Tag Archives: music

Well worth watching

Music producer and composer Rick Beato sounds off with game composer and programmer Brian Schmidt.

From 1999-2008, Schmidt was the program manager of the Xbox Audio and Voice Technologies division at Microsoft and was responsible for much of the audio architecture for the Xbox and Xbox 360. He created the start up sound for the original Xbox console, using ‘old-school’ techniques to create an 8-second sound using only 25 kilobytes of memory. (Wikipedia)

We learn about the history of the craft and working on game audio using tools such as FMOD. Highly recommended if you’re doing audio for video games. Rick Beato’s entire channel is very good for people interested in music.


Check this out

Those of you interested in orchestral soundtrack stuff may want to check out the new version 2 of Paul Battersby’s Virtual Playing Orchestra, a free VO sample library in sfz format.

A beautiful sounding full virtual orchestra at your fingertips for free, VPO pulls the best samples from Sonatina and a few other sources to create a pretty well rounded library that lets you compose complete orchestral scores in software such as Reaper.

Free as in beer. The new version is very nice and not such a big download.

Grab it while it’s hot. And maybe join us at Scoring Central Forums.

Musical Prison Break

This piece of music was originally done a couple years back, in a software that doesn’t allow exporting the MIDI data. Since I now work in Reaper, I had to reprogram it by hand from start to finish. The upside of this spectacle is that I can finally continue working on it.

Most of the strings part was done by the violins in the old version, because I didn’t know a whole lot about how to orchestrate things, i.e. spread them out across all the different instruments. So I wrote a violin part that should have been a viola part, and kept wondering what to do with the violas. Turns out the joke is on me.

The old version had eight instrument tracks; the new version has 23, i.e. most of the orchestra. There’s now trumpets in there, tuba, full woodwind section, solo oboe, celli, and viola. Plus the relatively new mixing and mastering chains and seperate reverb units done per section of the orchestra. Plus a decidedly non-orchestral effect: artificial stereo echo on the harp. I figure I can take some liberties like that if it adds some kick.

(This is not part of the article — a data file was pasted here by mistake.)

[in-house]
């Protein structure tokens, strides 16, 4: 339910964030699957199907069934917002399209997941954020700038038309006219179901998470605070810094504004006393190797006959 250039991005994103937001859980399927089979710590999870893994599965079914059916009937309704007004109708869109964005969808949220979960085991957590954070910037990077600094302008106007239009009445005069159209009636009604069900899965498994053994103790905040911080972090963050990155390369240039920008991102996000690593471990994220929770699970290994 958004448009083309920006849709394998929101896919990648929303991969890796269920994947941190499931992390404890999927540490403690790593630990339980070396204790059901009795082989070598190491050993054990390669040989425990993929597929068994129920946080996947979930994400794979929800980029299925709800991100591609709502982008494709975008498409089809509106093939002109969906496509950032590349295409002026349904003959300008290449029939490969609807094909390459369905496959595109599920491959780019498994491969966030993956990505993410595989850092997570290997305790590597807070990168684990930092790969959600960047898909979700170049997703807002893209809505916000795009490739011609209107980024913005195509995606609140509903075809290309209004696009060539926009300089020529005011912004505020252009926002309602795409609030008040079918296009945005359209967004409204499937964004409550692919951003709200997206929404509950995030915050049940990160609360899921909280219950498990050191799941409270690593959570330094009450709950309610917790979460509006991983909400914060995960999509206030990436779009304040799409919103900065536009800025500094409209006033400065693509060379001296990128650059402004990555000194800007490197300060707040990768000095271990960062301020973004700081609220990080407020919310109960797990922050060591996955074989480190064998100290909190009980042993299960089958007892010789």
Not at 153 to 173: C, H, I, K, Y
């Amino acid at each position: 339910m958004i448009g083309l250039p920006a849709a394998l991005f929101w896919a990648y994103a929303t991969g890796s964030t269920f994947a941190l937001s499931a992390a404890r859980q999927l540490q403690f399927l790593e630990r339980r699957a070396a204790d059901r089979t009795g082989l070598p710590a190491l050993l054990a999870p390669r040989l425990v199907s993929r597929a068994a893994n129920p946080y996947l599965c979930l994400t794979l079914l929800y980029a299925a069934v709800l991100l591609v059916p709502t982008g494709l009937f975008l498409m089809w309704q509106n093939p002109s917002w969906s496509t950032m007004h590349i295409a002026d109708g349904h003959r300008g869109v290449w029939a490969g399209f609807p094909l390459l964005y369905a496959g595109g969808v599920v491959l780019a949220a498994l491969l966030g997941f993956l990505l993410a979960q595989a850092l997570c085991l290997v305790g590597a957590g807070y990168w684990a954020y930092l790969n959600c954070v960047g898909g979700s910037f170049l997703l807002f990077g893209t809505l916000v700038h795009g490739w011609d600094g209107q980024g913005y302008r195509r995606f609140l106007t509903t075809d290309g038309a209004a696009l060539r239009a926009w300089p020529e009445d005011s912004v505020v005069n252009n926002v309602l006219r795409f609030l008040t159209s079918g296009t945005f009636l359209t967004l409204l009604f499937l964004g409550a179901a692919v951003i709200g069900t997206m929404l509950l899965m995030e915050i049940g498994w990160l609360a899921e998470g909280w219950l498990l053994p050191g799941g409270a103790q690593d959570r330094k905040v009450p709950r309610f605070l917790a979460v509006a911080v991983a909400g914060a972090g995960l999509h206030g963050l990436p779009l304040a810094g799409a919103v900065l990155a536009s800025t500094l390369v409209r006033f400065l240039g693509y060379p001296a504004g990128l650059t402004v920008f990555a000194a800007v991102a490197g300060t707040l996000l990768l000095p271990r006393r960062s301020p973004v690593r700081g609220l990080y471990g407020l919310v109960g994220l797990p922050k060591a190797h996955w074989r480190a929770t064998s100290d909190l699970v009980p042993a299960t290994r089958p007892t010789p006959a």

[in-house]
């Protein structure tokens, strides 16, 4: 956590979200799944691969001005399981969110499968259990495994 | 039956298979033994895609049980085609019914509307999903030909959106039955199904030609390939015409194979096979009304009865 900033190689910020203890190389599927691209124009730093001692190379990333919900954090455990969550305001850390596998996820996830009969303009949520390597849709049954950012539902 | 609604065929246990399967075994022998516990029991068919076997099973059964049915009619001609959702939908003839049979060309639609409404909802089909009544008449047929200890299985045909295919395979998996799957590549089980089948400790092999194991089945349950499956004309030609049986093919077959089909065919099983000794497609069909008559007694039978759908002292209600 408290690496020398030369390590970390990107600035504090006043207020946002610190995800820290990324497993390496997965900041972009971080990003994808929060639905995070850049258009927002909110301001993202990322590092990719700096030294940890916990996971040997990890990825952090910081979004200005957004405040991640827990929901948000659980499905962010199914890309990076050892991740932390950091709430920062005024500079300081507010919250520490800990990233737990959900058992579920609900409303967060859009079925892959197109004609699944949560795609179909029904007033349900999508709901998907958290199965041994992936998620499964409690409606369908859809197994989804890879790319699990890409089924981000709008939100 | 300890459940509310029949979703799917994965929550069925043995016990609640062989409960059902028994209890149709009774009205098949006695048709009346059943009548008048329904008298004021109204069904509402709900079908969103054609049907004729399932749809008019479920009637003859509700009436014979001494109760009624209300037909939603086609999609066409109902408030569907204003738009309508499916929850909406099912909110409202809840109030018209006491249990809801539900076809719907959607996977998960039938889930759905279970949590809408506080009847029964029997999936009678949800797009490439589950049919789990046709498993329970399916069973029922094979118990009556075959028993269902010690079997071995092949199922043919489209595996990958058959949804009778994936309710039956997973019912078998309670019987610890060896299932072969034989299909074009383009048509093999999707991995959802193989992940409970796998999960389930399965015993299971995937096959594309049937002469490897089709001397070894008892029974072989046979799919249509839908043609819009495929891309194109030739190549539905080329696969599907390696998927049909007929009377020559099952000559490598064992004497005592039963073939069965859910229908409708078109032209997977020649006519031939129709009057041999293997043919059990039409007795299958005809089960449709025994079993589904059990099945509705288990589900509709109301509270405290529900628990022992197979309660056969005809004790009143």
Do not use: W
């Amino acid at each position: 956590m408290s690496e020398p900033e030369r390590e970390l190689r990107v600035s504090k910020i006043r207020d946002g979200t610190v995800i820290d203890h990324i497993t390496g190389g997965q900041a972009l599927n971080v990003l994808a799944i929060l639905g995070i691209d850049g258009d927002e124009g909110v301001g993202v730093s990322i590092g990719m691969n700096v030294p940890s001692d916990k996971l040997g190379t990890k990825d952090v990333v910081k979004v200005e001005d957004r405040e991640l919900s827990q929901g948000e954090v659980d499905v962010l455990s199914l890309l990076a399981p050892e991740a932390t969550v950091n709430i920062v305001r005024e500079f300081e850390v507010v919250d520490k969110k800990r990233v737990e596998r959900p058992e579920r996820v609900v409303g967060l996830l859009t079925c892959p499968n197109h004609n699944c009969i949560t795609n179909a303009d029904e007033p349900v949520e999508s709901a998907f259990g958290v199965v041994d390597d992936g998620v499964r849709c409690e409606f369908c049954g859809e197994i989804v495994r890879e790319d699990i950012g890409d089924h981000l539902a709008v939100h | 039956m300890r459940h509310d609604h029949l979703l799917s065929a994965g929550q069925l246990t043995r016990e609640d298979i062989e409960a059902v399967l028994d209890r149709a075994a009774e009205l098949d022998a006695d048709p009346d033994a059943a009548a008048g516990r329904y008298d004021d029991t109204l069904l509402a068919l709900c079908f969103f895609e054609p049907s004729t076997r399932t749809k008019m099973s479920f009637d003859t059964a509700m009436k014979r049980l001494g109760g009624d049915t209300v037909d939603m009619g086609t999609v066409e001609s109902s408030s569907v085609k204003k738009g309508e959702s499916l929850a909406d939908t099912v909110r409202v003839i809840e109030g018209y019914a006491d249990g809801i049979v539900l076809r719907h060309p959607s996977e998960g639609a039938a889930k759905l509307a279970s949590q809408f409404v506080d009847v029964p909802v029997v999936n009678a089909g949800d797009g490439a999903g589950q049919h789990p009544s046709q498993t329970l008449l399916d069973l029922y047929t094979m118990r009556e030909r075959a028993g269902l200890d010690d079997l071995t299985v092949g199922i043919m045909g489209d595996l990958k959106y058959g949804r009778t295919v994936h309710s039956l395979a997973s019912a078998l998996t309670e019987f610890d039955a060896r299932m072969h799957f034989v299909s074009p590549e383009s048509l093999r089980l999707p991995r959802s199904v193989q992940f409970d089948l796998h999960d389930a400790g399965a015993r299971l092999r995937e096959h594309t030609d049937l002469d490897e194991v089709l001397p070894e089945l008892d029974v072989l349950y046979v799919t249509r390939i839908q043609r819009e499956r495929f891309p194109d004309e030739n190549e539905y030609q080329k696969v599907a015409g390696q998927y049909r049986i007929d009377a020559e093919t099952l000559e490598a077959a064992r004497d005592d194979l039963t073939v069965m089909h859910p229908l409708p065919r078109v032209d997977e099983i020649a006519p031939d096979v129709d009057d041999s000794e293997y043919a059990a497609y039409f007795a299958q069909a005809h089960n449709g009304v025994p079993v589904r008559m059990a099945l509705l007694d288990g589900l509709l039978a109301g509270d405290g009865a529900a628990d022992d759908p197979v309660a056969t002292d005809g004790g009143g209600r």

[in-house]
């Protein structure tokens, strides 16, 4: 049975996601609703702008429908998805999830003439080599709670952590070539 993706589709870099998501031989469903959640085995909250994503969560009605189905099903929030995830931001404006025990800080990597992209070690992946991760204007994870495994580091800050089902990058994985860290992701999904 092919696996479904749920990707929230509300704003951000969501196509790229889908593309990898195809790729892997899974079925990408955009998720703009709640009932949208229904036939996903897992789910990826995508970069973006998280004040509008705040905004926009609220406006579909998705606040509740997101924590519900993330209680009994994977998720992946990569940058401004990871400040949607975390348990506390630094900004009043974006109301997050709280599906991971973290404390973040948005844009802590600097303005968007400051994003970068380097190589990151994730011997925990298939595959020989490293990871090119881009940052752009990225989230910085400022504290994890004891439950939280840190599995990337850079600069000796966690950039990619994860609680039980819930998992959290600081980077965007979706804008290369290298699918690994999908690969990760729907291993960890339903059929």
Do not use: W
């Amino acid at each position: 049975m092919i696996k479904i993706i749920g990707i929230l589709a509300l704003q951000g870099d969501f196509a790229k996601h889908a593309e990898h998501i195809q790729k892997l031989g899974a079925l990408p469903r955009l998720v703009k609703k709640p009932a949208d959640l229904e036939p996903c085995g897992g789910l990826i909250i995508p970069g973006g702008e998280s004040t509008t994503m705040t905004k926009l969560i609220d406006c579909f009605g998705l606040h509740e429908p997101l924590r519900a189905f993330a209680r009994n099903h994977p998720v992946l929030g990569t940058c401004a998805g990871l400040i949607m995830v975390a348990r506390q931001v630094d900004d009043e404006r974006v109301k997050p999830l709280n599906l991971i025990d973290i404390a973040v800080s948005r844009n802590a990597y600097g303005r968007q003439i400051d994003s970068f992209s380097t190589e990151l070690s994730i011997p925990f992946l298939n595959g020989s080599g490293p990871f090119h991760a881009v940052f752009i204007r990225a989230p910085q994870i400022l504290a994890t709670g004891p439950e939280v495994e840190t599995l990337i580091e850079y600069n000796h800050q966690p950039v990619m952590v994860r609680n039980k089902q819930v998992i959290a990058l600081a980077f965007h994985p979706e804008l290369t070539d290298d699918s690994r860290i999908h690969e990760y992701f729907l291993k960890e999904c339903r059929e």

Best of all, I’ve got the raw data now, so FREEDOM!

Do That Again, With More Boom

Current WIP.

For those interested in this stuff and owning a working set of ears, here’s the progress:

  • Dynamics (MIDI velocity, expression etc)
  • Tempo (it varies now)
  • Mixing (clarity, separation, room)
  • Effects
  • Mastering

Channel effects: VoS BootEQ, Tesla (harmonic saturation), TDL Kotelnikov compressor on drums. EQ was mainly used to add brilliance to horns and snares. The Kotelnikov is actually a primo drum compressor IMHO, clean but punchy.

Mix effects: VoS EpicVerb (1 per section of the orchestra). Doing it per section really adds room.

Mastering effects: VoS Thrillseeker XTC (exciter), Thrillseeker LA compressor, VladG Limiter 6.

The use of a limiter makes this quite a bit louder and more even in loudness than previous mixes. This is heresy for classical music fans, but since this is a game soundtrack, I opted for loudness for the hearing impaired and to compete with booming guns.

Writing has made good progress as well. I feel I’m on a new level with my writing. Which is good and man, it’s about time all that elbow grease paid off.

Note: It recently came to my attention that Firefox may not always display videos on this blog. If that is the case for you, kindly try without Adblock for this site?

Sound work and thoughts on free orchestral sample packs

Tweaked and expanded theme from SJ.

Things learned:

  • Using separate reverb sends (to the same unit though) from each channel, in order to simulate brass being further back, violins more to the front etc
  • Not using extreme left/right pan to leave room for the reverb
  • Using the entire orchestra, even woodwinds…
  • Using slight compression on the drums and in mastering (yeah I know, it’s classical music but I figure people expect this from videogames)
  • Using staccato patches where necessary (makes a large difference)
  • Blending solo instruments into the sections for thickening
  • Not going full tilt on the strings all the time
  • Using an envelope in Reaper to vary the tempo on the master track

I think I’m getting better at orchestration, too. I avoid clogging up frequencies too much.